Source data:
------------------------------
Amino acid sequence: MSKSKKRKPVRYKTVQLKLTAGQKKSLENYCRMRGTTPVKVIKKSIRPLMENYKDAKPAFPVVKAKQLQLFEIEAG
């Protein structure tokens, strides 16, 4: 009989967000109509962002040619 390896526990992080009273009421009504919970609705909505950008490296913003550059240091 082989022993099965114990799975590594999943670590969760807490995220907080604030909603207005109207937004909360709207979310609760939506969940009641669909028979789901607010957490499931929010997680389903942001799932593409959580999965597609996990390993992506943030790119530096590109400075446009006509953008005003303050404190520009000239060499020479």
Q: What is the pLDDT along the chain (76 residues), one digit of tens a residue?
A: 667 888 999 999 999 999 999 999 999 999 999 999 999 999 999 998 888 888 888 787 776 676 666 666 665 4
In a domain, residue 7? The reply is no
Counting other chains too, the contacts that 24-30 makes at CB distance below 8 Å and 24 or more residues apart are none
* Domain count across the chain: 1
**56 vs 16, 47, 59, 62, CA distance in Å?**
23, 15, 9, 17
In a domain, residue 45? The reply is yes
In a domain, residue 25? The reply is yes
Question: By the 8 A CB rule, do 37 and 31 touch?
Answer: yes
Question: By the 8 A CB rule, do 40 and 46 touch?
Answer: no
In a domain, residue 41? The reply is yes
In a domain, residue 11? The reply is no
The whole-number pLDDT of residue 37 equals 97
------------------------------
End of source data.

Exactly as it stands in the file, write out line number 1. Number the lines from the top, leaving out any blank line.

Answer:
Amino acid sequence: MSKSKKRKPVRYKTVQLKLTAGQKKSLENYCRMRGTTPVKVIKKSIRPLMENYKDAKPAFPVVKAKQLQLFEIEAG